DC: How has your relationship changed within the marriage as you spend more time with your husband and you live together, what new things have you learned about each other?
RS: We learned a lot about each other. It’s totally different talking to somebody on the phone, thinking about getting married and actually being married and living together. … The first six months were a little difficult for me. When I got married, we were two different people from two different backgrounds and we come together to live without actually knowing so much about each other, so it was difficult. I’m not a very organized person, so I leave my stuff here and there, and my husband is really organized and he likes things in particular places. That was something we would always fight about.
In terms of expectations: (I’m) the only girl in the family, so I was really pampered. My husband doesn’t have a sister. … He never really grew up with girls, so sometimes he would just treat me like a guy. That was funny. There were times when I expected him to pamper me more, or be a little gentle. For example, when I was crying he would just be like, “You’ll be fine,” and he expects me to be fine. But girls just need a shoulder to cry on. So probably, over the years, we develop an understanding in terms of our expectations. I think I’m even learning everyday right now. When we fight about something, the next time, we make it a point to not fight about the same thing. That’s how we’re improving.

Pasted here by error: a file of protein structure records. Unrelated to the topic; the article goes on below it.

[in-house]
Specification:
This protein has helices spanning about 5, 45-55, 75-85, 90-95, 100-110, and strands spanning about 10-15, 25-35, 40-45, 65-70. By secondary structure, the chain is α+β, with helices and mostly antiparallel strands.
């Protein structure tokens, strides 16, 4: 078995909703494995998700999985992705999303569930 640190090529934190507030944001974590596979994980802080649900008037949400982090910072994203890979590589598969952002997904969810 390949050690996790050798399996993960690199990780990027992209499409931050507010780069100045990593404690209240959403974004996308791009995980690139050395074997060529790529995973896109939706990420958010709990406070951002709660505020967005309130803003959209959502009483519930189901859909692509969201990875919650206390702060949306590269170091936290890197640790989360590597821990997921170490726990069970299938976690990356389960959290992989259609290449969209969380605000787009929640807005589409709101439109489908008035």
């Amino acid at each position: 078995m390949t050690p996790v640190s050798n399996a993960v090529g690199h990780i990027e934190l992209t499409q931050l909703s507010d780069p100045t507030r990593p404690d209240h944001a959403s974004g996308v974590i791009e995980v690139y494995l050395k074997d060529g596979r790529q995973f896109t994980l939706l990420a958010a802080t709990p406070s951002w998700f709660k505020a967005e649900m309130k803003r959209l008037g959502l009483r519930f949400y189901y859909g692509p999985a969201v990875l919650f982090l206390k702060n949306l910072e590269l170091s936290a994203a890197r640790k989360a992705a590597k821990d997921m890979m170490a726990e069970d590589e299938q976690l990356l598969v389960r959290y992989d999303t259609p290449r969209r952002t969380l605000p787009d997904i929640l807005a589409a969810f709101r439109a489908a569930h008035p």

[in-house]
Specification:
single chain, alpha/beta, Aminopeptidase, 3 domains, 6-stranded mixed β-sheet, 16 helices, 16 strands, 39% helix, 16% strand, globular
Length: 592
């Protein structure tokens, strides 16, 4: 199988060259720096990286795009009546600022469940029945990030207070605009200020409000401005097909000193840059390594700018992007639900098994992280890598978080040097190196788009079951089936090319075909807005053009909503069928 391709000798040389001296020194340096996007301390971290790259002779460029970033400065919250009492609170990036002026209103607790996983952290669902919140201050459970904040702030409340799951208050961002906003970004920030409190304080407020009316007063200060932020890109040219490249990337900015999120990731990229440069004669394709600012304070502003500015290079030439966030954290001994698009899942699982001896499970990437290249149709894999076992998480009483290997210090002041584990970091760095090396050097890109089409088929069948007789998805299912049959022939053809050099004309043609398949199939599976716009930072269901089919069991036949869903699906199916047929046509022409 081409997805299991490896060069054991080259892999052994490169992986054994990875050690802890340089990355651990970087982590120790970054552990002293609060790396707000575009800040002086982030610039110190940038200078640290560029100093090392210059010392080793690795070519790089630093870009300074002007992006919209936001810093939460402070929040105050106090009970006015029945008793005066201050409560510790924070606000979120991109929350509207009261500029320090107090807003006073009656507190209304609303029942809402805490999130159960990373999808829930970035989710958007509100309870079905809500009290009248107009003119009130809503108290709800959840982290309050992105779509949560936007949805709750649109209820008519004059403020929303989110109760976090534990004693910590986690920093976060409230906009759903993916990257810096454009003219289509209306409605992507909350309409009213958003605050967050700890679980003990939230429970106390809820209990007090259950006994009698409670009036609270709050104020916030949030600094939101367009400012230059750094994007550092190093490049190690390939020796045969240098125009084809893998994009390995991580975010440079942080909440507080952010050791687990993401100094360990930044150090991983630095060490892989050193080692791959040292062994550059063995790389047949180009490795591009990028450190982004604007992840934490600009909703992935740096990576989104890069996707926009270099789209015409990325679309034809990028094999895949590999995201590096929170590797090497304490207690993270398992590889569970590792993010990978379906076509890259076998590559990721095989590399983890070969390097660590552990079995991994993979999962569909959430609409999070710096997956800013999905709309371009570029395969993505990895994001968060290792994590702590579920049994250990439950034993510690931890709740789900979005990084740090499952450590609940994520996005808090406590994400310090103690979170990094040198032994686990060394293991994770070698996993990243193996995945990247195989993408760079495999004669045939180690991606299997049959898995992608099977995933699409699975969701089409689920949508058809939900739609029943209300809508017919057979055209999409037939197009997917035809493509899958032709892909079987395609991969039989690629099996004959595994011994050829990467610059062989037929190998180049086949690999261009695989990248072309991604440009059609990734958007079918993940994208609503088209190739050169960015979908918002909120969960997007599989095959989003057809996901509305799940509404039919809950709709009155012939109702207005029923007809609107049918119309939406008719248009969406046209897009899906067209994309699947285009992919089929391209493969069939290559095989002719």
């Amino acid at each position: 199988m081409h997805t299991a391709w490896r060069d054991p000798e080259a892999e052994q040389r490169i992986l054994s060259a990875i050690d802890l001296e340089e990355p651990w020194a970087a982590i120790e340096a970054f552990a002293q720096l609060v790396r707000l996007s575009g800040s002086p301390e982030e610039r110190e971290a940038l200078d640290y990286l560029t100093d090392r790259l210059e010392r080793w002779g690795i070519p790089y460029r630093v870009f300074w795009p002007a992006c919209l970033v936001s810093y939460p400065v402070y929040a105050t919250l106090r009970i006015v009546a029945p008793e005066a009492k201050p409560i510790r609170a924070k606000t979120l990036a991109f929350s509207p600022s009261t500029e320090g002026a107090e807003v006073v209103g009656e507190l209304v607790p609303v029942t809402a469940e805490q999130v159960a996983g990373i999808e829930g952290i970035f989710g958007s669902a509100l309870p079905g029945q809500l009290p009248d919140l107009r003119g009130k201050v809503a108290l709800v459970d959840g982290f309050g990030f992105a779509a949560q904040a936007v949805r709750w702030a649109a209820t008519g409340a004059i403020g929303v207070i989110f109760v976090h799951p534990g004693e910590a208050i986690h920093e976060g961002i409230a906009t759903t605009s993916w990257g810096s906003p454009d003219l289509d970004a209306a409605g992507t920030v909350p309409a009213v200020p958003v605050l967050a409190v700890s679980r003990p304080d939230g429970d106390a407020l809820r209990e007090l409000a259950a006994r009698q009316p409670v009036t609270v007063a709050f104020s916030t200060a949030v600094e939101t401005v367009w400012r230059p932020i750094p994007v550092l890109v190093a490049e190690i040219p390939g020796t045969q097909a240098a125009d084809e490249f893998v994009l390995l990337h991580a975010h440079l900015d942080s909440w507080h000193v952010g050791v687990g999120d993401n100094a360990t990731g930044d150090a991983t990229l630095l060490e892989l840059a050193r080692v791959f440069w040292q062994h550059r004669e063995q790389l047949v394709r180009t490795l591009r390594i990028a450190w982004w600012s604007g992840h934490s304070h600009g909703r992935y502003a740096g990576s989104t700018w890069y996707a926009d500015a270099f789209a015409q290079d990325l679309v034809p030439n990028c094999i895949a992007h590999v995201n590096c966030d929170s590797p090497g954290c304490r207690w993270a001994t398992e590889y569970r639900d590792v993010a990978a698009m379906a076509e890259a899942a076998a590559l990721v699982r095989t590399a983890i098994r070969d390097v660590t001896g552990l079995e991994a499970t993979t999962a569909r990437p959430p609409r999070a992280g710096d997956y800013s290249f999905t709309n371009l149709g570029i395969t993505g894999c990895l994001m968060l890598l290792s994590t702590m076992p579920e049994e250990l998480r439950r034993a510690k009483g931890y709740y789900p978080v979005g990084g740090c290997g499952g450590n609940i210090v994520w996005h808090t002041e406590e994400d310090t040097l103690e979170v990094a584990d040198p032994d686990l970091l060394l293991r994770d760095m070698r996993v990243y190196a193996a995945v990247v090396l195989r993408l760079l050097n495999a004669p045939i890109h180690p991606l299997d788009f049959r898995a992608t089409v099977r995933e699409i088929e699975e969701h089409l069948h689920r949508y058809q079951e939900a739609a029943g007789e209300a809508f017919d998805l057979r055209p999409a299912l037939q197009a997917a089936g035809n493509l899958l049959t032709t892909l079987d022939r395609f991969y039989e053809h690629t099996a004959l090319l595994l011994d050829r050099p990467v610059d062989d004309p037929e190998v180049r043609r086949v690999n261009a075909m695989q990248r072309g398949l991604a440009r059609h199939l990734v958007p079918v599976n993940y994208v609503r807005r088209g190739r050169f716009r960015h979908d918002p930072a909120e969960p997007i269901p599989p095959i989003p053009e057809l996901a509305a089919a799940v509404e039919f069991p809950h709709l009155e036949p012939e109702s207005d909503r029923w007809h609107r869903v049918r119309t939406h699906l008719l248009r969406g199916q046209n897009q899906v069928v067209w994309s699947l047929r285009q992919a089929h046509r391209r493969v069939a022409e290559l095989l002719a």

DC: Do you guys have any plans for the future? Do you guys want to stay in America or move back to India? And future plans (for) starting a family?
RS: I just started my new job, it’s my second week here, and I’m still doing my MBA, so I won’t be starting a family for the next three years, I think. And about going back to India, my husband, actually, kind of wants to go back after five to six years because he wants to live closer to his parents. But that’s not really fixed yet. It depends on a lot of things.
DC: For your future child, would you want to arrange a marriage? Or let your child have more freedom?
RS: I would let the child choose. … I’m open, and I won’t force and impose anything.
Contact Nelly Lin at [email protected].